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Title: The Mystery and Romance of Alchemy and Pharmacy

Author: Charles John Samuel Thompson

Release Date: September 29, 2014 [EBook #47004]

Language: English

Character set encoding: UTF-8


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Front Cover








It has been my endeavour in the following pages to sketch, however imperfectly, some phases of the romance and mystery that have surrounded the arts of medicine, alchemy, and pharmacy from the earliest period of which we have record down to the close of the eighteenth century. The influence of the past on the present is greater than we commonly suppose. In this age of rapid scientific progress and brilliant research, we are apt to overlook and lose sight of the patient labours of the early pioneers of science, many of whom laid the foundations of discoveries that have since proved of inestimable value to mankind. Hence the history of the past, whether in science or in art, is always worthy of study and attention.

My thanks are due to the Editor of the Pharmaceutical Journal for permission to reproduce several illustrations which appeared in its pages together with a portion of this work.

C. J. S. T

Liverpool, 1897.









The birth of the art of healing goes back to a period of great antiquity. The instinct that first led man to utilise the fruits of the earth for his bodily sustenance, may perchance have suggested the herbs which grew around him as a means of alleviating the ills of his flesh.

It is a matter of doubt whether medicine as an art was first practised in Egypt or China; from recent research probably the former, as at the time of the writing of the Ebers Papyrus, B.C. 1550, the Egyptians had a considerable knowledge of the use of herbs and other bodies for medicinal purposes.

The art of medicine had two foundations—empiricism[2] and superstition—which have influenced it from its birth down to the present time.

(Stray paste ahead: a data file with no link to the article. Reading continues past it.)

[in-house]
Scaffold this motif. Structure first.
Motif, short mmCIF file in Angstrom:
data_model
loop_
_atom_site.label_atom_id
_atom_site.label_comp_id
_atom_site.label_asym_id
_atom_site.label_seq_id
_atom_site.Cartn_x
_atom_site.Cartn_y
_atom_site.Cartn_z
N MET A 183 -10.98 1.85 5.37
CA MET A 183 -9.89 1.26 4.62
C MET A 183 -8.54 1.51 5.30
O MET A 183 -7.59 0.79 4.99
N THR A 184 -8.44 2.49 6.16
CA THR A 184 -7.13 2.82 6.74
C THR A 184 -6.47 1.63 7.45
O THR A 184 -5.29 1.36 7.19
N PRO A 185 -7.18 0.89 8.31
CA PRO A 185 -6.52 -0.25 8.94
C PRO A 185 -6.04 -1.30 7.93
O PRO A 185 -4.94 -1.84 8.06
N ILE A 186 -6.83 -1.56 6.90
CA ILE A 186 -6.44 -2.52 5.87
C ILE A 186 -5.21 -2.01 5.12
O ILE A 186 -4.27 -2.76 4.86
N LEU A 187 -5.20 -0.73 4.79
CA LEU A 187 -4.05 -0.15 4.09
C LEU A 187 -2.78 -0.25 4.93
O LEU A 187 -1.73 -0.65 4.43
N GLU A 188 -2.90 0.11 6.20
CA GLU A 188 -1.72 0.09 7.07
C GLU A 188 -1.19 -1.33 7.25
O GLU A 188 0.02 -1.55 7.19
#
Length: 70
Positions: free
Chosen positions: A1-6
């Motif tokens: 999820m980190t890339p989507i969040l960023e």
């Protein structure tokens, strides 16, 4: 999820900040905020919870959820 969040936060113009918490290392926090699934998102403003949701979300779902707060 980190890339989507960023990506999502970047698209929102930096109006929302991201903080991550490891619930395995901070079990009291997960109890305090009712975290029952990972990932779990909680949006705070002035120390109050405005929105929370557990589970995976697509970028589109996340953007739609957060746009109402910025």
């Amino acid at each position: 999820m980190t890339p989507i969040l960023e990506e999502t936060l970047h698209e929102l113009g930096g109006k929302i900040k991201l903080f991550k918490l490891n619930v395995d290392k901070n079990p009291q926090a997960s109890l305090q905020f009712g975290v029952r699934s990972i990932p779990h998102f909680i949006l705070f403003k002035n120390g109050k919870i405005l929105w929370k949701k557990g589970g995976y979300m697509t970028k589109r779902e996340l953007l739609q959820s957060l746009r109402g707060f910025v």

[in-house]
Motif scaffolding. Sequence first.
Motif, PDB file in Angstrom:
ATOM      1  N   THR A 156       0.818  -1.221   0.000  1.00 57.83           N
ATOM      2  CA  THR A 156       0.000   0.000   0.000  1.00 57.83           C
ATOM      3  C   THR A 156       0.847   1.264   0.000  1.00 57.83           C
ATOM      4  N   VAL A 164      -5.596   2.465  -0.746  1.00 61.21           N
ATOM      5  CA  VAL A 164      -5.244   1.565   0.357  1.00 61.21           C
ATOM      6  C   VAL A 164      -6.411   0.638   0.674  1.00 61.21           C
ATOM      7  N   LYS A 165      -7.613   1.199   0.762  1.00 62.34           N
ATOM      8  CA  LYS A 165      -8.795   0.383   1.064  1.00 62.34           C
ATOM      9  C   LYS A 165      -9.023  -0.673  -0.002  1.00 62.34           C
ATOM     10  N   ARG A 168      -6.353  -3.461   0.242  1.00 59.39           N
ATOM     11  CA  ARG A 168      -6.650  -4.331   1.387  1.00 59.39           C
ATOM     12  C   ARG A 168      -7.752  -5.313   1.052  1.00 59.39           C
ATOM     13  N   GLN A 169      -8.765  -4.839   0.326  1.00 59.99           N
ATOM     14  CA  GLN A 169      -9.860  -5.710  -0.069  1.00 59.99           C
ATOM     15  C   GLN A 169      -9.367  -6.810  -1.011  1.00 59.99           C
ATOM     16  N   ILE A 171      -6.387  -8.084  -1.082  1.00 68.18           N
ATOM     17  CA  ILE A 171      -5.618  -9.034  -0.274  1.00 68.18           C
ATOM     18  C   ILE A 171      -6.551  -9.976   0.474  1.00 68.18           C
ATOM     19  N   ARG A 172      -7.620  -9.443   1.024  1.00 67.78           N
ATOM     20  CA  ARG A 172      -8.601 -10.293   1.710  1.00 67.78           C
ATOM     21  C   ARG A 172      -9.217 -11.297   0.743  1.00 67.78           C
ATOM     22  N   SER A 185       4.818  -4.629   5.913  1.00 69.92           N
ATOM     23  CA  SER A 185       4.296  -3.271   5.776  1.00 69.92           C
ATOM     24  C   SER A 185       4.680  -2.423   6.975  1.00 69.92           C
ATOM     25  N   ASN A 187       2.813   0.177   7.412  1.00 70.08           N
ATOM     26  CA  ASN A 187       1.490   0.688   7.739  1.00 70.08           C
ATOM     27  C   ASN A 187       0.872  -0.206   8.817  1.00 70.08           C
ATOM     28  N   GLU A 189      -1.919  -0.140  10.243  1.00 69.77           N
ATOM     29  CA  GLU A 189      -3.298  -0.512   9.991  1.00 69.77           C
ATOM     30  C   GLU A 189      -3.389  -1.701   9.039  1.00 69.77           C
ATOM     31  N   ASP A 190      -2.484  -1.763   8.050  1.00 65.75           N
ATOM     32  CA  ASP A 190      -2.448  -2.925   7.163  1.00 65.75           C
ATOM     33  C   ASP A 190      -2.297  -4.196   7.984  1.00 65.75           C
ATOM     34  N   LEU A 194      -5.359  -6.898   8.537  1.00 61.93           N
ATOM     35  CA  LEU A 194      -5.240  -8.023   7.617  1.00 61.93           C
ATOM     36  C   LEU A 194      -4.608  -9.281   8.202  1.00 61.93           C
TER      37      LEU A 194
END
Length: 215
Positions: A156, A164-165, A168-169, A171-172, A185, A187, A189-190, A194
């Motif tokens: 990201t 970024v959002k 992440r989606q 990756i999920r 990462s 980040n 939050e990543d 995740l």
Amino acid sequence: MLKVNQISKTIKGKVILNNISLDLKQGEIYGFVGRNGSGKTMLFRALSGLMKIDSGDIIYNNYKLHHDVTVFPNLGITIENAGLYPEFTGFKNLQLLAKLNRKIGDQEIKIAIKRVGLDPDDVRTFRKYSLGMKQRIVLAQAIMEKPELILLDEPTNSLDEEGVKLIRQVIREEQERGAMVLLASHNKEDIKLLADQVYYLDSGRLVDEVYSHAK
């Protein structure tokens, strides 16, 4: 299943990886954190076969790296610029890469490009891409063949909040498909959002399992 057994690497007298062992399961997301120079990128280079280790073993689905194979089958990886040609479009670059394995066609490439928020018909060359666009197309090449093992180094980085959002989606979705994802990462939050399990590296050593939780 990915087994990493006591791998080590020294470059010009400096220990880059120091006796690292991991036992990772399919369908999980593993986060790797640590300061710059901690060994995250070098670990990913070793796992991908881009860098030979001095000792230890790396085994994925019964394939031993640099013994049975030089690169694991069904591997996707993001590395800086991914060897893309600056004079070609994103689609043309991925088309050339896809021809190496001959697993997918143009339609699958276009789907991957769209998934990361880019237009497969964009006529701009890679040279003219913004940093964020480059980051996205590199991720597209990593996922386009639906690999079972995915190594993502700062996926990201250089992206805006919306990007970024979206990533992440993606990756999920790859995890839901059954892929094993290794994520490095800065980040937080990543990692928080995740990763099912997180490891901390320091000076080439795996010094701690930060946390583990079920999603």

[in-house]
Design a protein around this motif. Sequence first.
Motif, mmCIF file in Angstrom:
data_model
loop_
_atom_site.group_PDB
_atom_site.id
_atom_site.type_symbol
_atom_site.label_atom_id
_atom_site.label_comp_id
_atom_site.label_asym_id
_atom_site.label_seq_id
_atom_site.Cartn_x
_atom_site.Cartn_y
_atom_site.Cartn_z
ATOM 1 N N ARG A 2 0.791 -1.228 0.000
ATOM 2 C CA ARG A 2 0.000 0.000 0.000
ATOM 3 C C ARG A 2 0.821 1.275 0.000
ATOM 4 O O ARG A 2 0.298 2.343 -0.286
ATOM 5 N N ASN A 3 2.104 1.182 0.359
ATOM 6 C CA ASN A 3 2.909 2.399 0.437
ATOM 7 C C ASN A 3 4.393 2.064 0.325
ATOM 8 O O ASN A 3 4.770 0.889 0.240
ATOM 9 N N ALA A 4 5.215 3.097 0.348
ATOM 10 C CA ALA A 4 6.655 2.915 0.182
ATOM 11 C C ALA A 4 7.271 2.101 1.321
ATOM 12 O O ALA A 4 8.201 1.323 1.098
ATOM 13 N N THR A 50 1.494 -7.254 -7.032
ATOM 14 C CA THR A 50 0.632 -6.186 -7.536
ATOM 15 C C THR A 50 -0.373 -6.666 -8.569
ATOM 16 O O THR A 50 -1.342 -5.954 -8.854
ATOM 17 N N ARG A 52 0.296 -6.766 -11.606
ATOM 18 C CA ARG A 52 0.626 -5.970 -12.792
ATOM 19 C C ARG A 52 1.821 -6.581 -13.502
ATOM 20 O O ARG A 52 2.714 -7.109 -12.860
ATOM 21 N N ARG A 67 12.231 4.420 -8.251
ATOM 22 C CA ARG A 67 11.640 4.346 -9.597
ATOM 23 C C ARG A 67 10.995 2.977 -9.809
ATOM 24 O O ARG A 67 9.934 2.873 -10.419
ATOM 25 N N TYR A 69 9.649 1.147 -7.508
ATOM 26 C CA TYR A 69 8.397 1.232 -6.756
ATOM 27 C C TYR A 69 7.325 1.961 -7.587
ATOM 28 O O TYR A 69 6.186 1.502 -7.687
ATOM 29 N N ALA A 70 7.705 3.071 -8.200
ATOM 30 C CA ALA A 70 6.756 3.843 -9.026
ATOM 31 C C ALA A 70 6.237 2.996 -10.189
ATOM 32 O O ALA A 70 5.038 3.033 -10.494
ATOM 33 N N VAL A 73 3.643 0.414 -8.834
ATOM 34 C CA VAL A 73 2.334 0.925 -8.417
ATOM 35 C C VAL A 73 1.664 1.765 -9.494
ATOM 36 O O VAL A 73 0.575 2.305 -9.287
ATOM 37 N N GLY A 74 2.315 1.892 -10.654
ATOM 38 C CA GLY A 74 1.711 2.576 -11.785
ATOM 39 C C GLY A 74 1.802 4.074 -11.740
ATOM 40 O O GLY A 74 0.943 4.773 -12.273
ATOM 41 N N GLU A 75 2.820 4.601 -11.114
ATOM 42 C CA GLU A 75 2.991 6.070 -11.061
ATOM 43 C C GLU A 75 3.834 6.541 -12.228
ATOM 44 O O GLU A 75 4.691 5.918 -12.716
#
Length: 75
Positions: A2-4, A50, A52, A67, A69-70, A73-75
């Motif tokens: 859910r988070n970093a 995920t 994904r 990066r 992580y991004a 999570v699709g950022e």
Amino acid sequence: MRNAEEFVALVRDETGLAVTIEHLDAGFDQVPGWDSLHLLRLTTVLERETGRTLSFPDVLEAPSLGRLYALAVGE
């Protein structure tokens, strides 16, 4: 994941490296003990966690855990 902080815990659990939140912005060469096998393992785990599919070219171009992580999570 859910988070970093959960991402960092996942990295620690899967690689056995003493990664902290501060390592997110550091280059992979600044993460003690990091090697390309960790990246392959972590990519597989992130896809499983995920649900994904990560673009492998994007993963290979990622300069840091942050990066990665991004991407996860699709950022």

The most ancient record of medicine and pharmacy known was discovered at Kahun in 1889, near the pyramid of Illahun in the ruins of an ancient town, which had apparently been inhabited by the builders of the pyramid. It dates from the twelfth dynasty, B.C. 2700 to 2500, more than a thousand years before the Exodus.

Besides containing instructions for midwives, it includes numerous formulæ for the treatment of various complaints, composed of such very homely articles as beer, cow’s milk, honey, oil, onions, herbs, dates, and other fruits.

The Ebers Papyrus, which was found reposing between the legs of a mummy, throws a light on ancient Egyptian pharmacy, and was written in the reign of King Amenhotep I., of the eighteenth dynasty. It commences as follows: “Beginning of the chapter of applying medicaments to every part of the patient.

“I have come forth from Heliopolis with the mighty ones of the Temple of the Sun, the wielders of protection, the princes of eternity.

“Rescuing (?) I have come forth from Sais with the Mothers of the Gods, who have given me their protection.


“I have magic formulæ made by the Universal Lord to drive out the stroke of god and goddess, the Male Death and Female Death, et cetera,[1] that is in this my head, in this my neck, in this my shoulder, in this my flesh, in these my limbs, to punish the above-named enchanters (?) who introduce disturbance into this my flesh.”

Such formulæ, evidently for recitation during the treatment, continue for a page and a half. The book has thus no general title, but plunges at once into the mysteries of the profession.